Watch Comet Africano (C/2018 W2) pass closest to Earth in late September

By Ade Ashford

C/2018 W2 (Africano) is the brightest comet currently on show, passing closest to Earth on the morning of 27 September when it lies slightly less than half an astronomical unit or 74 million kilometres distant. By the end of the month, C/2018 W2 could attain magnitude +8.5 making it a viable target for small telescopes and larger binoculars under dark, moonless skies. This graphic represents the southeast aspect of the sky around 10pm local time in Western Europe, showing a portion of sky about 60 degrees wide (three times the span of an outstretched hand at arm’s length), with stars down to the naked-eye limit. The “Square of Pegasus” asterism is your eye-catching starting point. Note that on the night of 3–4 October, Comet Africano lies within a binocular field of view of outermost planet Neptune. AN graphic by Ade Ashford.
Now that the Moon is a waning crescent rising after midnight, observers in the British Isles can take advantage of at least three hours of darkness from 9pm BST to track down Comet Africano (C/2018 W2) at its closest and brightest as it speeds through the constellations of Pegasus, Pisces and Aquarius.

The 46-arcsecond drift of Comet Africano (C/2018 W2) against the stars of Andromeda is evident in this 6½ minute exposure captured, somewhat appropriately, with a vintage Celestron Comet Catcher on the night of 19 September 2019 at 20:20 UT. Image credit: Ade Ashford.
At 10:56 UT on 27 September, C/2018 W2 (Africano) passes just 0.494 astronomical units, or 74 million kilometres (46 million miles) from Earth. At this time the comet is moving against the stars of Pegasus at a rate of 3⅔ degrees per day, equivalent to the width of the full Moon every 3¼ hours.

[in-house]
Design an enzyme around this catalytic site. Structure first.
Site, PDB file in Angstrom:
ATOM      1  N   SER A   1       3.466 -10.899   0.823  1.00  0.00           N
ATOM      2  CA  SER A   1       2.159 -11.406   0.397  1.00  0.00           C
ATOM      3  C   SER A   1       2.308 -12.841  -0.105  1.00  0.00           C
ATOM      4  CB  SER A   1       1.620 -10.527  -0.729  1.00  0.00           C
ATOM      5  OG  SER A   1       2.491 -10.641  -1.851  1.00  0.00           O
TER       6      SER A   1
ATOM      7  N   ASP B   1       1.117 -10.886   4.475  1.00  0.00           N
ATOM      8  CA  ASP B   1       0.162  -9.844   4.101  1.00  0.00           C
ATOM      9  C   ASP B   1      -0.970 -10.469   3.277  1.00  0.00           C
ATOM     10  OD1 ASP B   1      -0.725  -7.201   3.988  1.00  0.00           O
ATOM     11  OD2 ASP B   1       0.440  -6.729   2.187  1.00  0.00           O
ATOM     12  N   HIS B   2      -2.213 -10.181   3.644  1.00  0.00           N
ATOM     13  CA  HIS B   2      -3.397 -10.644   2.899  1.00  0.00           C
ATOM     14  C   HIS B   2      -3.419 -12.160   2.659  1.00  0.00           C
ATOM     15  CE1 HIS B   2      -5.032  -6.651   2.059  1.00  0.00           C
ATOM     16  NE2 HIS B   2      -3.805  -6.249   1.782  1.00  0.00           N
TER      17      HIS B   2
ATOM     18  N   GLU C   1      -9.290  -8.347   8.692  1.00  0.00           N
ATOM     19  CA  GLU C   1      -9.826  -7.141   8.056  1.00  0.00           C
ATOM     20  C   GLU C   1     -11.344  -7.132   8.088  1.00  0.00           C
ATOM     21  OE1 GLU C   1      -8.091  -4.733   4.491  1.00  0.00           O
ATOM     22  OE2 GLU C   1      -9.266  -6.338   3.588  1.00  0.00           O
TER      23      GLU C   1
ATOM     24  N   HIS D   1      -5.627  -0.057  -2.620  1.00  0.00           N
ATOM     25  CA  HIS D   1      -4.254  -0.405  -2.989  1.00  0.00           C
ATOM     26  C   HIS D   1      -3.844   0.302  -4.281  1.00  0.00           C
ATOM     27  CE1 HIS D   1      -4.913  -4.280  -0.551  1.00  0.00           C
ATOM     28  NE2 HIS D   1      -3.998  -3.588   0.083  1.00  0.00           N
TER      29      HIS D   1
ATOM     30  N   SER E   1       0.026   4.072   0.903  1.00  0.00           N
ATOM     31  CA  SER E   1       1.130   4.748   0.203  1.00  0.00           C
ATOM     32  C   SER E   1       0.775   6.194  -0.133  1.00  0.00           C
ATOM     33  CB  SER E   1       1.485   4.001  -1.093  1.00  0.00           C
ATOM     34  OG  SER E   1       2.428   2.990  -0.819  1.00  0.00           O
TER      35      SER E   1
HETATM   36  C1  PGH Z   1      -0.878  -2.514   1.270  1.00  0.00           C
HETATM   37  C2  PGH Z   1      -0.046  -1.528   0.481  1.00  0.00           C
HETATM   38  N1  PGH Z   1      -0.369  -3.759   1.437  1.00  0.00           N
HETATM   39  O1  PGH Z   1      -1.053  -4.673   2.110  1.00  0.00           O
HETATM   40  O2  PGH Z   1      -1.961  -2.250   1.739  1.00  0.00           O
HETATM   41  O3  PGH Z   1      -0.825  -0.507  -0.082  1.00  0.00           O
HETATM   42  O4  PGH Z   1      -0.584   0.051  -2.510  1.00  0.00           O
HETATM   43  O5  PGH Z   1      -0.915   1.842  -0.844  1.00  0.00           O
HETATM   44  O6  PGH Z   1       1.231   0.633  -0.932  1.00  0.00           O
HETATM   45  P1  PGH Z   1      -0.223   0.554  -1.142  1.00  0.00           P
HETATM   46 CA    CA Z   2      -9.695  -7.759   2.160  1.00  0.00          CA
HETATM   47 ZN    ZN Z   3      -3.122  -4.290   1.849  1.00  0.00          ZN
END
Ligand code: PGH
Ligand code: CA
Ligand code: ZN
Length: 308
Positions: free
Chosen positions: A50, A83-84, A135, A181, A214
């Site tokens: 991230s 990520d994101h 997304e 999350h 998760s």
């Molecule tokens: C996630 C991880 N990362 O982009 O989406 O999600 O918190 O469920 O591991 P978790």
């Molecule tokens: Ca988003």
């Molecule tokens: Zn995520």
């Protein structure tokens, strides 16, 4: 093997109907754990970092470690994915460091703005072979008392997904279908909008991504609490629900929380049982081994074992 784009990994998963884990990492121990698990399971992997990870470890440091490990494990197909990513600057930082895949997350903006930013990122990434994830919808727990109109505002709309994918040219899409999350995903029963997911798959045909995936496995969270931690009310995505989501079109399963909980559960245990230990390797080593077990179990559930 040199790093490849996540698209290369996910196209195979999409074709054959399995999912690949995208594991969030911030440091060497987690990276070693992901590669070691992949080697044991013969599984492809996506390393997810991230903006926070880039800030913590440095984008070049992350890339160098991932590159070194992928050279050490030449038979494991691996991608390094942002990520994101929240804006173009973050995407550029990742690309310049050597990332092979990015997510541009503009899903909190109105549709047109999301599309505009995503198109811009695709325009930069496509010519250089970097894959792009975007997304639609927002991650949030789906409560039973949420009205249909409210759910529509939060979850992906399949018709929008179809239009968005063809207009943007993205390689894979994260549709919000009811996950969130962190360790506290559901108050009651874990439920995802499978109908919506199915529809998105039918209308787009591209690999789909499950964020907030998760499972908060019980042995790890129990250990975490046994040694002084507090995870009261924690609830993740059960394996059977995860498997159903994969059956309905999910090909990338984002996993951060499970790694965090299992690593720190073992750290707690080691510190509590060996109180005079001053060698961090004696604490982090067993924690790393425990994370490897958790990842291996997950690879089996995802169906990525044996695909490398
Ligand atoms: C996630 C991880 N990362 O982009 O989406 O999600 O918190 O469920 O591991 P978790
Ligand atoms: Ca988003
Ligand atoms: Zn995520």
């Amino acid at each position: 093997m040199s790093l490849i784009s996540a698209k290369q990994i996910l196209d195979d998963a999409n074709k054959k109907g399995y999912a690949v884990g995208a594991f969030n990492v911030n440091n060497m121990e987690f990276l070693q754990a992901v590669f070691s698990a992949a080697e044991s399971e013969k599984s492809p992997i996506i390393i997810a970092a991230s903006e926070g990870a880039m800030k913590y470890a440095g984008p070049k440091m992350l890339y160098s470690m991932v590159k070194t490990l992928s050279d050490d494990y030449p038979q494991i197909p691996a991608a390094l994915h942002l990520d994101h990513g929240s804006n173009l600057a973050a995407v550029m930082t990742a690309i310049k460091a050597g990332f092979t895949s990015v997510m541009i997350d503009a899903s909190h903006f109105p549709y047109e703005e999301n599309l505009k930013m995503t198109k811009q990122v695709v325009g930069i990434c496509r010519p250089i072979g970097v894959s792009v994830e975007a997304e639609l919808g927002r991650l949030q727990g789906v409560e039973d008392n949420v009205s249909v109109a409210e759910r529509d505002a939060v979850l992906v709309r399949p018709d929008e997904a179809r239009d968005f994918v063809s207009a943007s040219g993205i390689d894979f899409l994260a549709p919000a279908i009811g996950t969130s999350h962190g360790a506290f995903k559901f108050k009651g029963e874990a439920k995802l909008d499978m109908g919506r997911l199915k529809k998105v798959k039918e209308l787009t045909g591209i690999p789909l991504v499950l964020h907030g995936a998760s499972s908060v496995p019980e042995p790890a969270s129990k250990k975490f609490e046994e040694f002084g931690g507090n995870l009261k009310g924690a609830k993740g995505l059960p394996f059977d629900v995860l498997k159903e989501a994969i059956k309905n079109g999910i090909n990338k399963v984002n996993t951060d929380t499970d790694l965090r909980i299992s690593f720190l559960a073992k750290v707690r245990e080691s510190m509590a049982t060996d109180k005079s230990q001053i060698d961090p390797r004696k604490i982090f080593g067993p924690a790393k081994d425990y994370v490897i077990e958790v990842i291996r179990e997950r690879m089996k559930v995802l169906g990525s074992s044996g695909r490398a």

Discovered almost simultaneously on 27 November 2018 by B. M. Africano with the Mount Lemmon 1.5-metre reflector and H. Groeller with the Catalina Sky Survey’s 0.68-metre Schmidt telescope (Africano’s report was submitted just 21 minutes earlier), C/2018 W2’s integrated magnitude is currently about +9 and may peak at about +8.5 over the coming week. Note that Comet Africano lies within a binocular field of view of outermost planet Neptune on the night of 3–4 October.

Having passed perihelion (closest point to the Sun) on 5 September, don’t miss any opportunities to view C/2018 W2 because it’s visiting the inner planets on a hyperbolic trajectory, meaning that it will never return to the Sun – unless its orbit is perturbed by the gravitational influence of a body in the outer Solar System in the distant future.

This topocentric ephemeris of Comet Africano (C/2018 W2) is computed for the centre of the British Isles (54°N, 2.5°W) at 21h UT (10pm BST) on the dates shown. The comet’s right ascension (R.A.) and declination (Dec.) are for the current (J2019.7) epoch; Mag. is the total predicted (conservative?) visual magnitude; °/dy is the comet’s daily motion in degrees; Delta is the distance from Earth in astronomical units. AN computation and graphic by Ade Ashford/JPL’s HORIZONS system/Minor Planet Ephemeris Service.